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Kenyon College

Kenyon College is a highly-selective private liberal arts college founded in Gambier, Ohio in 1824, by Episcopal Bishop Philander Chase. It is Ohio's oldest private institute of higher learning. Originally an all-male institution aligned with the Episcopal Church, it became co-educational in 1969.

Among its famous alumni are: former U.S. President Rutherford B. Hayes, Secretary of War under Lincoln, Edwin Stanton, Supreme Court Justice David Davis, former Swedish Prime Minister Olaf Palme, actor Paul Newman, and the creator of the birth control pill, Carl Djerassi.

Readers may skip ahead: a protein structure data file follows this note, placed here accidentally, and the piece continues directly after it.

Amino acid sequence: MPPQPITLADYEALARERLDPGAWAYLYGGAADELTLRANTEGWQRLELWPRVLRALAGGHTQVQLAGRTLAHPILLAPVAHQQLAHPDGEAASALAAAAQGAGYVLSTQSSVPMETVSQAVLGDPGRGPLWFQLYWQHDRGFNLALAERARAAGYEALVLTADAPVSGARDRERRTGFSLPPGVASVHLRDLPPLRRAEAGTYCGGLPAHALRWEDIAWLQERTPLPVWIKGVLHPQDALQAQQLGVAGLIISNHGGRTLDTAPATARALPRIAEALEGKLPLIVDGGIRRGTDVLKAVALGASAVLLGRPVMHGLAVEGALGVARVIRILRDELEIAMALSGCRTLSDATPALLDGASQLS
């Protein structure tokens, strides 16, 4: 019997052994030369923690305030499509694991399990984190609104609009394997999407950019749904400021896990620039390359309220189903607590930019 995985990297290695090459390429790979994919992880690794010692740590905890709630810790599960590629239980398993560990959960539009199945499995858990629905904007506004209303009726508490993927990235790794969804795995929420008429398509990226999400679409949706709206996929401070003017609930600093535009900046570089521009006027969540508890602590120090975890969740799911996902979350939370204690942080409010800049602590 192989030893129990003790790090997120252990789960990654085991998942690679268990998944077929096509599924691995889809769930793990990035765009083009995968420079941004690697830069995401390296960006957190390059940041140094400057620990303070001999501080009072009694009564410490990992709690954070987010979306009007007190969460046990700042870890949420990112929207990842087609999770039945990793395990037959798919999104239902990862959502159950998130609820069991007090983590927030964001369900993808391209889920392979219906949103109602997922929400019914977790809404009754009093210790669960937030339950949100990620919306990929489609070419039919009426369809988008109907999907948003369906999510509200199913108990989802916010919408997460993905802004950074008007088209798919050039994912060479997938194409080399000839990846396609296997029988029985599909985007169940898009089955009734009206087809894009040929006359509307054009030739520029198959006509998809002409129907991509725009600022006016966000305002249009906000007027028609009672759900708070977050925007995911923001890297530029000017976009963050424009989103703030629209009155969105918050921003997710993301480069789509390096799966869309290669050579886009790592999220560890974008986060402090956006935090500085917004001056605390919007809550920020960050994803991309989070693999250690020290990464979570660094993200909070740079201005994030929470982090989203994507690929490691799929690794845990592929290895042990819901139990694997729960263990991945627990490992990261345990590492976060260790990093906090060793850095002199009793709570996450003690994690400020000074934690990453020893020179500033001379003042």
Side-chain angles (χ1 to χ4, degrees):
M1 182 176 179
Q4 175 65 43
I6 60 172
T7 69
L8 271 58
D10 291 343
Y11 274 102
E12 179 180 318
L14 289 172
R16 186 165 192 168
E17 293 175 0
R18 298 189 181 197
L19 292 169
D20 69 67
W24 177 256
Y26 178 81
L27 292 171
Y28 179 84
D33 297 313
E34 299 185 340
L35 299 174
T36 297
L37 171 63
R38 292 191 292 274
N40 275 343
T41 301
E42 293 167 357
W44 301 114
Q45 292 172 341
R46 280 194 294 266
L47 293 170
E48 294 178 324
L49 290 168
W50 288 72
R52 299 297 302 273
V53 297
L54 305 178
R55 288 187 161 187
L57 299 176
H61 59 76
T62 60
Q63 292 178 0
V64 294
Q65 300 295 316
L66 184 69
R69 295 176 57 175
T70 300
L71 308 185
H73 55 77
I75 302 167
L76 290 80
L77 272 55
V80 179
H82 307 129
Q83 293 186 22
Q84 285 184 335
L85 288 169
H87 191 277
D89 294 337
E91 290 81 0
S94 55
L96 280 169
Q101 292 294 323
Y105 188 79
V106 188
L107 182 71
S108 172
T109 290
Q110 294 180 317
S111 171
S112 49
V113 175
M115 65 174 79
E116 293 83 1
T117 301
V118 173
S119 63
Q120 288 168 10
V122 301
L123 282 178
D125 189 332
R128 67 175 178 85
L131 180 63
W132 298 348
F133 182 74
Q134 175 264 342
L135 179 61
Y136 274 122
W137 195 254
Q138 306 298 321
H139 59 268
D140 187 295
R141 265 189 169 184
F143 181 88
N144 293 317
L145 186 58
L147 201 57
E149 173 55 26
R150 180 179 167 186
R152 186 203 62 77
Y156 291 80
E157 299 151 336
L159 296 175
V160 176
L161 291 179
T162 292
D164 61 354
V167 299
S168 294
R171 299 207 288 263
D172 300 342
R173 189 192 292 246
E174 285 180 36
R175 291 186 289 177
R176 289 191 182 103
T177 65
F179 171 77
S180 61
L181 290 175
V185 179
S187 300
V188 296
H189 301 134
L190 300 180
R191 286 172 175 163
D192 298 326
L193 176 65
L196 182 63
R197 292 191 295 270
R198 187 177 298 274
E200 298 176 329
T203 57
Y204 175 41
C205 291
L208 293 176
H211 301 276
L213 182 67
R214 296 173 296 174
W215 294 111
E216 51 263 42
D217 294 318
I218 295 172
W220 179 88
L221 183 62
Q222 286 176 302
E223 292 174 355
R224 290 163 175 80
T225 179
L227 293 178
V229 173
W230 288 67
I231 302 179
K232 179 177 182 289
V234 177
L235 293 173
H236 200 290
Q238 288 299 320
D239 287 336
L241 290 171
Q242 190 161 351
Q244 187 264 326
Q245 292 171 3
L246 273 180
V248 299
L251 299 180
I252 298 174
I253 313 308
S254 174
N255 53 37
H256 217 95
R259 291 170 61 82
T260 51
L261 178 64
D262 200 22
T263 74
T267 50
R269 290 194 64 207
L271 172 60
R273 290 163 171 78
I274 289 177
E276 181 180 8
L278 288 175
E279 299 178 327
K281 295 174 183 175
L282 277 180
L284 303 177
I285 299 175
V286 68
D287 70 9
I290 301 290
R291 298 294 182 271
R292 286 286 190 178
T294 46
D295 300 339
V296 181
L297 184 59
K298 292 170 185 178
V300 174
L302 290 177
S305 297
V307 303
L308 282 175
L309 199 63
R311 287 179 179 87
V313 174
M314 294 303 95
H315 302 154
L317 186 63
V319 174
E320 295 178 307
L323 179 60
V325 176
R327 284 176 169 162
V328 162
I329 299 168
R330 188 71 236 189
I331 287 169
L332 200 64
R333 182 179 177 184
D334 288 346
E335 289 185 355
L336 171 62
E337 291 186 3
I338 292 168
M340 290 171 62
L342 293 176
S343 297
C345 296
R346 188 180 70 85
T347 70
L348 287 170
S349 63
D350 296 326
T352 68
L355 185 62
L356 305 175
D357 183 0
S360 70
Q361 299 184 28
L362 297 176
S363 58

Among Kenyon's excellent academic departments, the English department is probably the best known, having honored graduates, such as poet and critic John Crowe Ransom, poet Robert Lowell and novelist E.L. Doctorow. The Kenyon Review, a literary magazine was founded in 1939.

Kenyon's men's and women's swimming teams, lead by Jim Steen are generally considered the best in NCAA Division III, with the men's team winning 23 national championships and the women's 18.

Kenyon's sports teams are referred to as the Lords and Ladies, sporting their colors of purple and white.